According to Julie

Fur issues

9 Comments

I’ve been thinking about fur lately. It’s one of those trains of thought that simply will not go away, as if my mind were saying: "Write this down! Sort this out! Get to the bottom of this!" over and over and over. Especially after my mom showed up at my door with a rabbit fur vest for me.

Rabbit. My mother informed me yesterday that "We don’t eat rabbit," because we used to have a live one. But that didn’t stop her from buying rabbit fur the week before. And when she gave it to me, we had the following conversation:

"What’s this, Mom?"

"It’s rabbit."

"It’s RABBIT!?"

"It’s rabbit!!! :-)" (Yes, you could hear the smiley at the end of her spoken sentence.)

"But Mom, it’s rabbit."

"Well, just tell people it’s mink."

Sweden_074

Now, with a few notable exceptions, I usually think my mom has good taste and style. Plus, the vest fits, it’s warm, and I recently added "It’s cold outside," to my list of all-purpose excuses. (The list also includes "At least I don’t smoke." and "I was living in Lier when I did that.") But since I’m a nerd who sees over-analyzing as a hobby, my brain won’t stop internally debating how to feel about this recent addition to my closet. So far, I have come to the following conclusions:

1. Wearing fur sends a message. It says: "I’m ok with the fact that what I am wearing used to be alive." But so does wearing leather and silk.

2. In many cases, fur also sends the message: "I spent A LOT of money on something that makes me look box-shaped." (This vest doesn’t; the opossum coat my mom tried to make me borrow, does.)

3. Fur is expensive. So is foie gras, another luxury item associated with animal cruelty. "Sacrificing" the things you can’t actually afford, is not sacrificing. I’m not going to earn any karma points by pretending that I don’t have a car because of the environment. I don’t have a car, because I don’t need one and I can’t afford one. I rarely eat fois gras, because I can only rarely afford it. I had never seriously considered buying a fur coat in the same way I’ve never seriously considered buying a pair of Prada pumps or a Burberry trench coat: I don’t have that kind of money.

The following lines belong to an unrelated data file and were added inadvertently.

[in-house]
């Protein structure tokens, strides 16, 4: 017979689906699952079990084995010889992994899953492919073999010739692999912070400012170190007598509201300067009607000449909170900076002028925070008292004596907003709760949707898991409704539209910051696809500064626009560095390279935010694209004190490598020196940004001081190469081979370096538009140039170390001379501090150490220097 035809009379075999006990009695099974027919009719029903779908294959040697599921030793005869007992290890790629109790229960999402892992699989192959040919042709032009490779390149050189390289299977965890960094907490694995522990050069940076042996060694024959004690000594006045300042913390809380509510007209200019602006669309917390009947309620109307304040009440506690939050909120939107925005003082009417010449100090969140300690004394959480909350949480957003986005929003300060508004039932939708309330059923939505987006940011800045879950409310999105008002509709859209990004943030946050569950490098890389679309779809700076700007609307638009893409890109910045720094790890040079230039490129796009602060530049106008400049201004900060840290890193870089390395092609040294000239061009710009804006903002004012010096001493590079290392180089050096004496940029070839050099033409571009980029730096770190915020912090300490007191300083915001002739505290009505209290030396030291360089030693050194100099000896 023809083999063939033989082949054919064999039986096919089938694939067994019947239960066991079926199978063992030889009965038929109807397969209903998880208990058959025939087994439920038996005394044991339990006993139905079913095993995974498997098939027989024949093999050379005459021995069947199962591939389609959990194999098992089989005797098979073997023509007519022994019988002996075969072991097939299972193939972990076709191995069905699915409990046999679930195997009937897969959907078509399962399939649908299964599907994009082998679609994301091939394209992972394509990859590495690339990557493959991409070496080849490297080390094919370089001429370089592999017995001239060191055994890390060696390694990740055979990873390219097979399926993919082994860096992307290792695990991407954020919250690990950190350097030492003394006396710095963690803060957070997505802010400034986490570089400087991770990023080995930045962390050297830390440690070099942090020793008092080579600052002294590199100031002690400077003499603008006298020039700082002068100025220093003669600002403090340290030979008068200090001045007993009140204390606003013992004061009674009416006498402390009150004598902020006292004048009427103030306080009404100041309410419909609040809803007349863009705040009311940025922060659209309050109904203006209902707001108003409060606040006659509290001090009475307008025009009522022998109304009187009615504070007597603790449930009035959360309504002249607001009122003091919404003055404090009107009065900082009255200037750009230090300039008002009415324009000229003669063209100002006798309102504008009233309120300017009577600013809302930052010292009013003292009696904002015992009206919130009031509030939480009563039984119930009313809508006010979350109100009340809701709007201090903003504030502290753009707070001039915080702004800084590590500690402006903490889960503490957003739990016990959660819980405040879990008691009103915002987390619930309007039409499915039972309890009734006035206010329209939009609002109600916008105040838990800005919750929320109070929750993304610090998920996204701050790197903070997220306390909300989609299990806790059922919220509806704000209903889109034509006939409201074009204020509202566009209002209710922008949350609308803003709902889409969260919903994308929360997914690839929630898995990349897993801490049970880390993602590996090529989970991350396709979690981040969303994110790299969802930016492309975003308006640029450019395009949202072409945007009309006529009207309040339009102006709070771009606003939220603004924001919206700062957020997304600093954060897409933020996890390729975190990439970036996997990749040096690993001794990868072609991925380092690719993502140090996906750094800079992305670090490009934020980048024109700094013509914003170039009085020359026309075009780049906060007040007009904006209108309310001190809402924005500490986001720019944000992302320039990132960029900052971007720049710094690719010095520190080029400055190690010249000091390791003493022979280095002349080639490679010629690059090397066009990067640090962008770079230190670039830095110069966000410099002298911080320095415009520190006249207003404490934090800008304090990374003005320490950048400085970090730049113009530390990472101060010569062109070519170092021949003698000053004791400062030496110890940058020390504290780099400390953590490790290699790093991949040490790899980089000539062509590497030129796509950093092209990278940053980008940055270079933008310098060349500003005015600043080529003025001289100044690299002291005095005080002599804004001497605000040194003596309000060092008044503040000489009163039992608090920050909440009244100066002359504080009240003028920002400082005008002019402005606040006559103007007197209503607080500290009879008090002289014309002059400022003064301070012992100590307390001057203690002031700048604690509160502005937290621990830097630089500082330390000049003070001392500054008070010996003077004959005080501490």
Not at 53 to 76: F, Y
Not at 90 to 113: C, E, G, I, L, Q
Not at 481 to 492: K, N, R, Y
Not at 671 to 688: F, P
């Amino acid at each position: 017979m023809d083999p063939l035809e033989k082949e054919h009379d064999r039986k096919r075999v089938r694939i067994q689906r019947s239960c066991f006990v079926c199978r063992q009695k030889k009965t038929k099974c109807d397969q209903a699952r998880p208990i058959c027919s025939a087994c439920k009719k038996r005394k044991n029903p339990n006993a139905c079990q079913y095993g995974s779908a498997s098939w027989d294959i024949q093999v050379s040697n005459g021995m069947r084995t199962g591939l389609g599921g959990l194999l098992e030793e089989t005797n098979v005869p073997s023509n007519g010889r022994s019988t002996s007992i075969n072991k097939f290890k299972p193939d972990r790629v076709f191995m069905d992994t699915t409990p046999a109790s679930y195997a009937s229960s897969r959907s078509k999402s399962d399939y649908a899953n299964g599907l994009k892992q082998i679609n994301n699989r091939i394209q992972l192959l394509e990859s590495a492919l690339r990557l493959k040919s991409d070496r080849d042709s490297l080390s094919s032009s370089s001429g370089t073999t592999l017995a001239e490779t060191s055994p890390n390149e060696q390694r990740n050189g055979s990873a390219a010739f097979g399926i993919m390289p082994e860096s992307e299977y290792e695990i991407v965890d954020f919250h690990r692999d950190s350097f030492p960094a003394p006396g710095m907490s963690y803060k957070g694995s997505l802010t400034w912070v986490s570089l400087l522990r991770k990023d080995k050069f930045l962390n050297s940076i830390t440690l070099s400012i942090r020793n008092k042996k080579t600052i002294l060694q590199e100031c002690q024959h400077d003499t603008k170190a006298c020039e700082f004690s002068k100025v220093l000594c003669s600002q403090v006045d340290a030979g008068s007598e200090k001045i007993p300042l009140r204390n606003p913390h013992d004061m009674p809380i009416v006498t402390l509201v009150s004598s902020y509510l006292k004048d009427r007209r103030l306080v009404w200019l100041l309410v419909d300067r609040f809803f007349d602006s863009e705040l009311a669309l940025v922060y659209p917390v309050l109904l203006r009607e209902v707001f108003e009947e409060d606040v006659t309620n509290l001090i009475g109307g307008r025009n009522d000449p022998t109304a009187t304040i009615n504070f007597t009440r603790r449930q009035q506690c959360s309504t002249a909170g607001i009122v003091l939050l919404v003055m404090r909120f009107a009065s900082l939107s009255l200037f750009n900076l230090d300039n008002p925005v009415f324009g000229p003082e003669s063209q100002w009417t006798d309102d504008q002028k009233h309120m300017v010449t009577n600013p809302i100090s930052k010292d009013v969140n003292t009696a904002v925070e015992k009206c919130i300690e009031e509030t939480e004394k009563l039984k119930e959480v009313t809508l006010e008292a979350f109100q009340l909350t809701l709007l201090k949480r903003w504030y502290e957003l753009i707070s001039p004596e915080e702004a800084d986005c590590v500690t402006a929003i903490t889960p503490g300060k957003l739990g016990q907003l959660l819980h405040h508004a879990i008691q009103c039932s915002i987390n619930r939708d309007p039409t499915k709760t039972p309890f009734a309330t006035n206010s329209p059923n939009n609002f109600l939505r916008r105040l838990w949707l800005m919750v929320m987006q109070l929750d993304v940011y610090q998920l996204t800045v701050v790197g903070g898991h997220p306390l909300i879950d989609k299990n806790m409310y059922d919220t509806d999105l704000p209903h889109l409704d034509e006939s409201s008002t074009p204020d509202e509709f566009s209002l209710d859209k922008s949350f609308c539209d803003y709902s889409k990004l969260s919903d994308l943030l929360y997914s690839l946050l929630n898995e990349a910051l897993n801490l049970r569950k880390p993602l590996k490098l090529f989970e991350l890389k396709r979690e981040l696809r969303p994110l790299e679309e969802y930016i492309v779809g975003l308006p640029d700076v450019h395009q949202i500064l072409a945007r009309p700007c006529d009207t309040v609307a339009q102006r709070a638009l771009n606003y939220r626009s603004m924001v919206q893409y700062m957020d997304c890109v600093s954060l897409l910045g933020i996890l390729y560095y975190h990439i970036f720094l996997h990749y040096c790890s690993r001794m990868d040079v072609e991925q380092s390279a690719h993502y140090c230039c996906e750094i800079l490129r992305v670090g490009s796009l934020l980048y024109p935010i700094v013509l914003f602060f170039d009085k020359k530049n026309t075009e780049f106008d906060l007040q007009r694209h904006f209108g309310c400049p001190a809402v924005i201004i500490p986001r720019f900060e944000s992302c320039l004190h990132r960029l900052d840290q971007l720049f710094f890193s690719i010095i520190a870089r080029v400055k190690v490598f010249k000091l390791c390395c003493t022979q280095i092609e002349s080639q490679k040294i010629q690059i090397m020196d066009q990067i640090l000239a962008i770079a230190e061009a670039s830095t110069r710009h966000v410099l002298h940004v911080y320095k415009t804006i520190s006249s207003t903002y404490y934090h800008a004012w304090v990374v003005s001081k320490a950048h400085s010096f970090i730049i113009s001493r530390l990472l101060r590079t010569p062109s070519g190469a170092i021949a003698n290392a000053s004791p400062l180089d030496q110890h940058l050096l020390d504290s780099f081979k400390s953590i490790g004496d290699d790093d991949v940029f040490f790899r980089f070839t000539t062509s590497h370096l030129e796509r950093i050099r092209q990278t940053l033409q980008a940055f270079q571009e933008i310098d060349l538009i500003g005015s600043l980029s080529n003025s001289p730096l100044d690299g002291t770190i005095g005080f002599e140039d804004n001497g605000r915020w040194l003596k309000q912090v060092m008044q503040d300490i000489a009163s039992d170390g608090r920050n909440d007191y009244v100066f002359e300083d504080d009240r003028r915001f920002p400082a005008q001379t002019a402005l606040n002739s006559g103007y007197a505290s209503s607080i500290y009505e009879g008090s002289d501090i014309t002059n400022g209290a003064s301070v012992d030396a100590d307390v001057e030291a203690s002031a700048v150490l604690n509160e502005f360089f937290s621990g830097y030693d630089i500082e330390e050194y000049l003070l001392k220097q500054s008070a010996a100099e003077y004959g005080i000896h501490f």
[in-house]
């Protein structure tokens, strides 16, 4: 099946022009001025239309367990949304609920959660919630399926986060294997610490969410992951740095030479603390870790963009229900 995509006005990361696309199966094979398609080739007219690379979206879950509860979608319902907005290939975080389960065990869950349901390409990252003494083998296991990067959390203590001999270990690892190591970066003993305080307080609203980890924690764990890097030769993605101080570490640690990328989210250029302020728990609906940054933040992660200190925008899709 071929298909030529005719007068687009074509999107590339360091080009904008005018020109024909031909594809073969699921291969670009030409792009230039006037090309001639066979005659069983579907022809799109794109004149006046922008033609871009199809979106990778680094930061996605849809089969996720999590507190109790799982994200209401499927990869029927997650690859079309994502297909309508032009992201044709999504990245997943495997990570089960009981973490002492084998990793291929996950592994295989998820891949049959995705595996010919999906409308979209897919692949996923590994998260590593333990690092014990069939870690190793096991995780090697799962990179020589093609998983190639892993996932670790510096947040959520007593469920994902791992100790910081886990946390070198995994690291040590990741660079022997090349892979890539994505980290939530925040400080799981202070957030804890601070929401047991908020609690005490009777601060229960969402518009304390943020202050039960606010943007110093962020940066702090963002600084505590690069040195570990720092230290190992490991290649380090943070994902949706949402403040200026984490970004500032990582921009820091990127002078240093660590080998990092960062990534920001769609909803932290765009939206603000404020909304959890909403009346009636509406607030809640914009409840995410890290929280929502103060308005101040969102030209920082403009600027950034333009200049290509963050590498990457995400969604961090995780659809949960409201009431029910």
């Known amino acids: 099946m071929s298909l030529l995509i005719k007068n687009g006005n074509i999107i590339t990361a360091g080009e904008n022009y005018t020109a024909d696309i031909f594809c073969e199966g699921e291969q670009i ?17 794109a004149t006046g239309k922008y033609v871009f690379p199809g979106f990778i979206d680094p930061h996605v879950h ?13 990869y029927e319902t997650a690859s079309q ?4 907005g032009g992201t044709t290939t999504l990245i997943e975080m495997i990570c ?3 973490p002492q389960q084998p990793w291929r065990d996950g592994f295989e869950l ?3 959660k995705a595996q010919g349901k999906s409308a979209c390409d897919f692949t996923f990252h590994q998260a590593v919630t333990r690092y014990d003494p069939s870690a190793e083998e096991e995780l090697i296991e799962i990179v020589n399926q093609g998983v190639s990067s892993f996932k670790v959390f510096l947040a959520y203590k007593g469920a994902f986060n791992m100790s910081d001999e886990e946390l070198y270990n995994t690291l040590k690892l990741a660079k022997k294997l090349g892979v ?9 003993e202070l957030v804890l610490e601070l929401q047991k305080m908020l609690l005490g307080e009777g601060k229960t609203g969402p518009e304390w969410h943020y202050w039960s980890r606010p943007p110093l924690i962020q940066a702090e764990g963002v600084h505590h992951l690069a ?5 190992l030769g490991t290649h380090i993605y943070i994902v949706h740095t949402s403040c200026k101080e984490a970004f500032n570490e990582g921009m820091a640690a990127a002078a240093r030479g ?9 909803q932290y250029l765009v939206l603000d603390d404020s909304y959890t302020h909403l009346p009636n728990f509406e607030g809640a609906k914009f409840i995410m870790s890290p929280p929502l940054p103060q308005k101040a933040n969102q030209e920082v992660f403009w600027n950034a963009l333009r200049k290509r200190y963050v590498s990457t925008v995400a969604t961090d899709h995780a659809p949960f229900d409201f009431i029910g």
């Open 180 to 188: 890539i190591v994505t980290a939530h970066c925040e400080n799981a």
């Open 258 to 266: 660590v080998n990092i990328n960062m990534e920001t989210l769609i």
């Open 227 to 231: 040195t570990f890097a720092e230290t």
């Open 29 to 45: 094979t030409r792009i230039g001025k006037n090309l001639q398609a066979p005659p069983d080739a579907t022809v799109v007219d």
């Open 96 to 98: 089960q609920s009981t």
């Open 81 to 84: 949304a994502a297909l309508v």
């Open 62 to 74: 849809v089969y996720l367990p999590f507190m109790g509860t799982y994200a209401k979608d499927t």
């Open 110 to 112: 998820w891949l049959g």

4. I’ve heard people argue that wearing fur, even vintage fur from the 30s, is an indirect support of today’s fur industry, because it keeps the look of fur in fashion. These same people suggested wearing realistic-looking faux fur. How does that not keep the fur look in fashion? People who claim to have made up their minds are clearly just as confused as me. "Don’t get me started on fur. It makes me so angry," one friend warned when I mentioned my difficult gift. I glanced at her new suede coat and changed the subject.

5.  Faux fur is not as warm. And it either looks nothing like fur or exactly like fur, and I think either one is screapy*. It is simply not an alternative in my opinion.

6. I’ve worn fur before (right), so I fail already.

7. Ideally, I would know the costs I inflict on the world whenever I choose to consume anything. How happy was the hen who laid these eggs? Exactly how did this turkey die? What are the working conditions of the people who made this cheap t-shirt? Was this imported fruit transported in the best way possible for the environment? Given that I don’t know these answers, I am probably making the wrong decisions all the time, leading to uneccessary suffering. Who says that dying to become a fur vest is worse than dying to become Christmas dinner?